Hagwon? I hardly know won!

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I love the mountains, I love the rolling hills July 30, 2010

Filed under: Travel Blog — olgathered @ 11:41 am

Everyone talks about coming to Korea and finding “their” mountain. Well, this week I met mine. Her name is Chanmasun, and she is a 20 minute walk from my apartment. My coworker Kin made the introduction. I should say here that Kin is in far better shape than I am. We made it about half way up before I decided that I’d made it far enough past the ajummas to keep my head held high on the decent. There is a fresh water spring at her base. The water is cold and healthy and well deserved at the end of a three hour hike. Chanmasun’s got my back. This is going to be a growing relationship, getting to know her sides and paths. Finding the best flat places to sit and read and breath and listen. Learning how rain and cold make her feel. Meeting the other people who have known her much longer than I have. I intend to make this a once a week visit, every Tuesday. I’m looking forward to getting to know one another.


Fella-mance July 29, 2010

Filed under: Travel Blog — olgathered @ 11:02 am

I have tried to sell my husband Doug on the word bromance, beyond its hilarity and perfect description of close male friendships, as a word that liberates heterosexual men from the constraints of a homophobic society. It was this last point that won him over… as long as I agreed to never use the word bro. We compromised on fella-mance.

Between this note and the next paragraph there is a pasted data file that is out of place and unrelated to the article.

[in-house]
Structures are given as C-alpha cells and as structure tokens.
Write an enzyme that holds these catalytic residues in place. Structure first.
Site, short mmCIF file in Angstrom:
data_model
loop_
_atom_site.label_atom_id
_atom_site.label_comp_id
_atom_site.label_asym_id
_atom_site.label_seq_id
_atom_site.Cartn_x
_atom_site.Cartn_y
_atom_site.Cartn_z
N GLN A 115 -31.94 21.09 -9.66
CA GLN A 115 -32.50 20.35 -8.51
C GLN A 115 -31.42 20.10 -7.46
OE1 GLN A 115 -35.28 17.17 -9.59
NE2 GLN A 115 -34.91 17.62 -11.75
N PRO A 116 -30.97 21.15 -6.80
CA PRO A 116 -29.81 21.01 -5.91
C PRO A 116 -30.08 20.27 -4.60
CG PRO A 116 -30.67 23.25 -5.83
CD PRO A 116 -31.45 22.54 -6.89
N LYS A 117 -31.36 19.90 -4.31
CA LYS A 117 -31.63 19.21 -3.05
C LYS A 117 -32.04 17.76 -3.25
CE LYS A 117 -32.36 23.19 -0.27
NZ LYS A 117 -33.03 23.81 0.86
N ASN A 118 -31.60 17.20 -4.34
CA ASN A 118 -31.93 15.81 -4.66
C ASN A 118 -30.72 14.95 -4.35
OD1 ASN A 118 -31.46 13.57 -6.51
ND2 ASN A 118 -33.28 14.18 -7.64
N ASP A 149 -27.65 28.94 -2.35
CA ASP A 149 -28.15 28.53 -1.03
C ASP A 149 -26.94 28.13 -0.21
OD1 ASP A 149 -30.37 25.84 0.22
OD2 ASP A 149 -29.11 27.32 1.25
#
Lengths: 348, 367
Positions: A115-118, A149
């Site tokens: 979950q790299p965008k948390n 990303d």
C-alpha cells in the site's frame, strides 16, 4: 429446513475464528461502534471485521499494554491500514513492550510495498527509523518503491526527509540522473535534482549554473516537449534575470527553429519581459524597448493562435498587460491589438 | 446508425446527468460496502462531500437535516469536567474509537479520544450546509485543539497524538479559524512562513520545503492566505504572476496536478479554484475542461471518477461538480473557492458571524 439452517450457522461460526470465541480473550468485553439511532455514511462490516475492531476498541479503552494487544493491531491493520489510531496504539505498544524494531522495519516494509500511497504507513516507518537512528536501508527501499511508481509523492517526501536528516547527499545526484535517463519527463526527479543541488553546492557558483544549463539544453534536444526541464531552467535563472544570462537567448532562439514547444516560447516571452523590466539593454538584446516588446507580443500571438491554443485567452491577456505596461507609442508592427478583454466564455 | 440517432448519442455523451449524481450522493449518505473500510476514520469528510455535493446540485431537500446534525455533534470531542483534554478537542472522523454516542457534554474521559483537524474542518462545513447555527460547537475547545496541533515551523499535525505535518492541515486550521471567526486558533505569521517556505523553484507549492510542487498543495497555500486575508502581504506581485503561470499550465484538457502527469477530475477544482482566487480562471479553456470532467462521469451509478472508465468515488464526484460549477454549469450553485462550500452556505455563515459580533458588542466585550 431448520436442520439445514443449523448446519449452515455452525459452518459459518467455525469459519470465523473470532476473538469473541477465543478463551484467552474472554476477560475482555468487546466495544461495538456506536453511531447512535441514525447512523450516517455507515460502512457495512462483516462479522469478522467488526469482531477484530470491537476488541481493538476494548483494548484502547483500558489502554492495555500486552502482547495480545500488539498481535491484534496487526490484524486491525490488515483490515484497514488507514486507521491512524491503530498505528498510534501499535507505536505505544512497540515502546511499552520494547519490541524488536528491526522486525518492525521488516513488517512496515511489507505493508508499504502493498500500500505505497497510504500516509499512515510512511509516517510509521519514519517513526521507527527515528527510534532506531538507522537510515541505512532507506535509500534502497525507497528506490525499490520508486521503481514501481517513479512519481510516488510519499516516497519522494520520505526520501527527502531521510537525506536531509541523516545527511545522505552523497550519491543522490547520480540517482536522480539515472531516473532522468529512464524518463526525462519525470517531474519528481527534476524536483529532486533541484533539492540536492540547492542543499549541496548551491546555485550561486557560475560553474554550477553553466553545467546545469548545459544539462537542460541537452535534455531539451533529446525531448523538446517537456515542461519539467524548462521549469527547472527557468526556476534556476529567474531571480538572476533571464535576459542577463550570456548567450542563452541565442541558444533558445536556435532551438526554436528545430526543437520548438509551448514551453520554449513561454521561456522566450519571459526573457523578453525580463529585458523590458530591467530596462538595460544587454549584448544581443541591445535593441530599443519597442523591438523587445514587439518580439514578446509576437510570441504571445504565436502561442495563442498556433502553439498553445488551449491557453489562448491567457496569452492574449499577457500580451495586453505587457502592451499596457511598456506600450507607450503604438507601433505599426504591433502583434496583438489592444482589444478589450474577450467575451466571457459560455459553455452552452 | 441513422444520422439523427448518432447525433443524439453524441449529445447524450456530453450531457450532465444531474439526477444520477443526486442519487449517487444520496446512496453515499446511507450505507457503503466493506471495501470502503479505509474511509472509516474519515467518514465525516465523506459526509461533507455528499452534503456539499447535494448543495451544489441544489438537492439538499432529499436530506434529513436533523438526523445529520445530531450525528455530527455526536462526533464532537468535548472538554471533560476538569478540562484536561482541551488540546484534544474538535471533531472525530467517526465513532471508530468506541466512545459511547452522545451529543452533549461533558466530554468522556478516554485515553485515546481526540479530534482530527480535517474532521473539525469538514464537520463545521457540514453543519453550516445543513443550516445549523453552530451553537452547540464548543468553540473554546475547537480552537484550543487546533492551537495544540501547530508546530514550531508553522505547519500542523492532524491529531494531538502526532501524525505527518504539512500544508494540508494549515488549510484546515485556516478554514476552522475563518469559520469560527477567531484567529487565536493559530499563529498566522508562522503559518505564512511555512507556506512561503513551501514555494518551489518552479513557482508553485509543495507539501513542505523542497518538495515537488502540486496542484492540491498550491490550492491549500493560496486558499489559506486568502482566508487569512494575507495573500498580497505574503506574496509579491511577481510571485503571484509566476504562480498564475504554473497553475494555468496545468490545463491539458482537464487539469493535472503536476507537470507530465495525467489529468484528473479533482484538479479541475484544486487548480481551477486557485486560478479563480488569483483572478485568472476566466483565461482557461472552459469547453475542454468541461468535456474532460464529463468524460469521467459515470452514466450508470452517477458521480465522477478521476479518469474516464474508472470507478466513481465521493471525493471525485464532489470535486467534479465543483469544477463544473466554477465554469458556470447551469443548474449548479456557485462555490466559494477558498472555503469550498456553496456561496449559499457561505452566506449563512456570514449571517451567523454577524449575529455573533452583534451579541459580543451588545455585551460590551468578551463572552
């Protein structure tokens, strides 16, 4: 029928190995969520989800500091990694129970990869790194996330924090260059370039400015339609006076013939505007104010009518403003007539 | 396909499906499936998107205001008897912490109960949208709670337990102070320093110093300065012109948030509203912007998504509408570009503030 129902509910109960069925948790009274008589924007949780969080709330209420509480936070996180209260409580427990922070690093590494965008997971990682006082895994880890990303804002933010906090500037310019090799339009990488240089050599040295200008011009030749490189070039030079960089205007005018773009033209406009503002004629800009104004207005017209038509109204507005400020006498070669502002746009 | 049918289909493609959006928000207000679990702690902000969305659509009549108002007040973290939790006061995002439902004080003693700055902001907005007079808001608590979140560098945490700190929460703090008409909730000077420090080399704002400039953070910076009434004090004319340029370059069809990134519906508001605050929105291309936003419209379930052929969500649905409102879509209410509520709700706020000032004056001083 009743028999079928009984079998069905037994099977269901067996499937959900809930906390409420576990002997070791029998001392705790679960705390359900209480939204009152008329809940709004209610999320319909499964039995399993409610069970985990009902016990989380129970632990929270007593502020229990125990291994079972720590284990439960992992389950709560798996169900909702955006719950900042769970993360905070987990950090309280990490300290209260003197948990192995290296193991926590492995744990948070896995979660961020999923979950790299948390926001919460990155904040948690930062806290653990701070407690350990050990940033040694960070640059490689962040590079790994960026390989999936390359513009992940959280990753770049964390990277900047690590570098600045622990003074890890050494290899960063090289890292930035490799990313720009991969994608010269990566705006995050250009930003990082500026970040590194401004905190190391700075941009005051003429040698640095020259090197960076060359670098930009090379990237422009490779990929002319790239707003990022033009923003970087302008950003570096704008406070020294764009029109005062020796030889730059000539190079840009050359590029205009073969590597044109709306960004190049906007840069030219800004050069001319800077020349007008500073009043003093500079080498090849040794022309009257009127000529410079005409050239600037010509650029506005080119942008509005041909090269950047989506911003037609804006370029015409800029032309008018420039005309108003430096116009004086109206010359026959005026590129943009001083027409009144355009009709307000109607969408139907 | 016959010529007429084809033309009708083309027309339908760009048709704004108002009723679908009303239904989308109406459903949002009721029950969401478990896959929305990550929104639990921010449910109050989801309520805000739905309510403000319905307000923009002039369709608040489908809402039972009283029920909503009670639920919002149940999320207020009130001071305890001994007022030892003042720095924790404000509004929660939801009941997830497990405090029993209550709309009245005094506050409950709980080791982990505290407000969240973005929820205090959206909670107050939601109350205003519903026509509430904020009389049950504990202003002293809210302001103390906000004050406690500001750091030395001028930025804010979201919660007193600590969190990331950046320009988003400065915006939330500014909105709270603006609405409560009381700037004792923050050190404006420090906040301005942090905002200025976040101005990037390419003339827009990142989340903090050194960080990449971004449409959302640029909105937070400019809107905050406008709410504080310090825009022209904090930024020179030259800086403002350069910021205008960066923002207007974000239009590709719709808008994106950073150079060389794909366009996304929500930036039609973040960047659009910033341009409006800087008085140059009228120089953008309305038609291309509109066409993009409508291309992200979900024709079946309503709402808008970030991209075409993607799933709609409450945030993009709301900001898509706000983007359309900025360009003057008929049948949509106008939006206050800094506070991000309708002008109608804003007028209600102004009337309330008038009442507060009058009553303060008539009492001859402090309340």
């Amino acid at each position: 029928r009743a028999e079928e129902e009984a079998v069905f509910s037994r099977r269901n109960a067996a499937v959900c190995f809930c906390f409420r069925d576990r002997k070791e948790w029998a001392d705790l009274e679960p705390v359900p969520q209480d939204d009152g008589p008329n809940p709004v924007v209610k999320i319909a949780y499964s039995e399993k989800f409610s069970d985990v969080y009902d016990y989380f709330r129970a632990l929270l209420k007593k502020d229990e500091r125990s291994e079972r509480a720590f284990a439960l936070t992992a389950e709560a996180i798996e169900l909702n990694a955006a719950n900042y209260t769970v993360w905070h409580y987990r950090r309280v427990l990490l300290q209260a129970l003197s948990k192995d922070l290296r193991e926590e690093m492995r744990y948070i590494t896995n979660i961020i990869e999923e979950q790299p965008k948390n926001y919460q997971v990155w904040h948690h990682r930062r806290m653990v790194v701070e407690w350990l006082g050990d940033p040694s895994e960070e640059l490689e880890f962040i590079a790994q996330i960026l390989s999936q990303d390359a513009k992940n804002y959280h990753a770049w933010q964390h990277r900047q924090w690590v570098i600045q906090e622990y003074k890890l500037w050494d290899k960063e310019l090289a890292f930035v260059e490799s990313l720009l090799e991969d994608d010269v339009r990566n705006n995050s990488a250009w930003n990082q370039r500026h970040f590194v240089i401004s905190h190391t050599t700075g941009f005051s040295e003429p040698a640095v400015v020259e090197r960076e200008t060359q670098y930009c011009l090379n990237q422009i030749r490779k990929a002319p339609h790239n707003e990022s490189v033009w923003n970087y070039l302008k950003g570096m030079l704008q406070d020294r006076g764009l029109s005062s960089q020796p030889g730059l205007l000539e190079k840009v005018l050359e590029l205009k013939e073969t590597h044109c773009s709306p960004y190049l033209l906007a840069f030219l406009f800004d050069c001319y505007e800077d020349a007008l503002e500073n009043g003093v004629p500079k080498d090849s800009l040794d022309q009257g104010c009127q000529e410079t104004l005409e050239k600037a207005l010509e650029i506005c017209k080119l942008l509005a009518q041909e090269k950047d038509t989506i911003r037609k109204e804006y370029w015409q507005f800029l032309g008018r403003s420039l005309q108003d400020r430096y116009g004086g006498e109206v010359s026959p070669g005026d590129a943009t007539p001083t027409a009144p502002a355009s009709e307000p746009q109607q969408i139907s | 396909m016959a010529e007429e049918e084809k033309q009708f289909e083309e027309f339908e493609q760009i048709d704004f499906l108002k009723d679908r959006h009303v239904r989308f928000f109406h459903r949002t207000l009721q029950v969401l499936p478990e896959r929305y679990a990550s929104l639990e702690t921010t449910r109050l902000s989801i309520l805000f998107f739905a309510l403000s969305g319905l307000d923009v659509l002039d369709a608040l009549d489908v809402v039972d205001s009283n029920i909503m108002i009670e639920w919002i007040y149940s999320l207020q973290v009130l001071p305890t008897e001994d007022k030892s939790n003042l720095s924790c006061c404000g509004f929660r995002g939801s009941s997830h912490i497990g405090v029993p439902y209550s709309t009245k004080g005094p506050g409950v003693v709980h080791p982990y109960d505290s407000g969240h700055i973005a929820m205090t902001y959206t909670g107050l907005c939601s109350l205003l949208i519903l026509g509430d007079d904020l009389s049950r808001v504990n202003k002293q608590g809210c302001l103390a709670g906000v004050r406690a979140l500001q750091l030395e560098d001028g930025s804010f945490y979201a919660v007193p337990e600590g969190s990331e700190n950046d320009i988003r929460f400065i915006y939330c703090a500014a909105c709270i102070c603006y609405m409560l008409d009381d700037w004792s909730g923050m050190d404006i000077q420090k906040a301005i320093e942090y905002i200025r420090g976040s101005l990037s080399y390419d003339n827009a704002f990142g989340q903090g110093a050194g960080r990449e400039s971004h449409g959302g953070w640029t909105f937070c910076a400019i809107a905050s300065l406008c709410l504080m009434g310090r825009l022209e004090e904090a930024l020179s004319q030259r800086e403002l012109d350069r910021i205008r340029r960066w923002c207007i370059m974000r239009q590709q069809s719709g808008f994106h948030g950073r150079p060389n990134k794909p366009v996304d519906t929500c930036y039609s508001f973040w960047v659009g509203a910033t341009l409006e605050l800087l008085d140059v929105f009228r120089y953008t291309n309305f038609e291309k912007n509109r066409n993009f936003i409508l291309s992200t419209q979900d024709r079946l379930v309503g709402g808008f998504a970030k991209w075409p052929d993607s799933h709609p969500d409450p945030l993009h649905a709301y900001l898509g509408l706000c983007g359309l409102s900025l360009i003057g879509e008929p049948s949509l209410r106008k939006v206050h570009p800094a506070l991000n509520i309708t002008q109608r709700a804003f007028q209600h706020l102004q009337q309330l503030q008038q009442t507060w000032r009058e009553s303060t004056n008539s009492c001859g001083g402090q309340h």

Doug’s life is a hard one. He got to marry a smoking hot, funny, smart, beautiful, hilarious, interesting, adventurous, derby girl who is only slightly too good for him. In addition to that, my husband is in a loving, committed fella-mance with his best friend Kyle. Doug and Kyle have the kind of friendship that most of us only dream about. Their purely heterosexual love knows no bounds, and it is for this reason that three months after our landing in the Republic of Korea, so did Kyle. Not only did he move to the other side of the world, but he is now working at the same hagwon as us, living next door.

Doug and Kyle are both writers and support one another’s career. They are partners in writing, editing, and crime. (if by crime you mean boring chatter about horror movies until 4am at Denny’s) Kyle is Doug’s most reliable reader, because God knows I’m not going to read all that scary stuff.

They challenge each other to be better writers and better people. All three of us were over educated and working in retail in Dayton, Ohio with no hope of escape. That’s why Doug talked his bestest buddy into this job. What are you doing? Do you like what you’re doing? Are you too good for what you’re doing? Most importantly, why not?

They also genuinely enjoy one another’s company. From September 1st to November 3rd, I rarely see Doug because the two of them are out seeing every single haunted attraction that Ohio, Kentucky, Indiana, and Michigan have to offer. I’d love to do this with Doug and share in something that heĀ  looks forward to every year, but I would also like to get to bed at a reasonable hour.

I’m never jealous of the attention that Doug gives Kyle. I’m always envious of their friendship though. Since we’ve landed, I am in love with the Land of the Morning Calm, but I miss my friends so much. I miss margaritas with Amanda. I miss yoga with Jo. I miss the rare but wonderful lunch with Heather. I miss Liz smelling exactly like a girl. I miss Brigitta occasionally blowing into town. Just imagine being able to roll all of these wonderful friendships into one glorious mega friend with ninja chop action and a smile that kills. A friend that you can count on to come through for you. To set you up with a job in South Korea. To take a job in South Korea. A friend that you can count on, just to like you, a lot.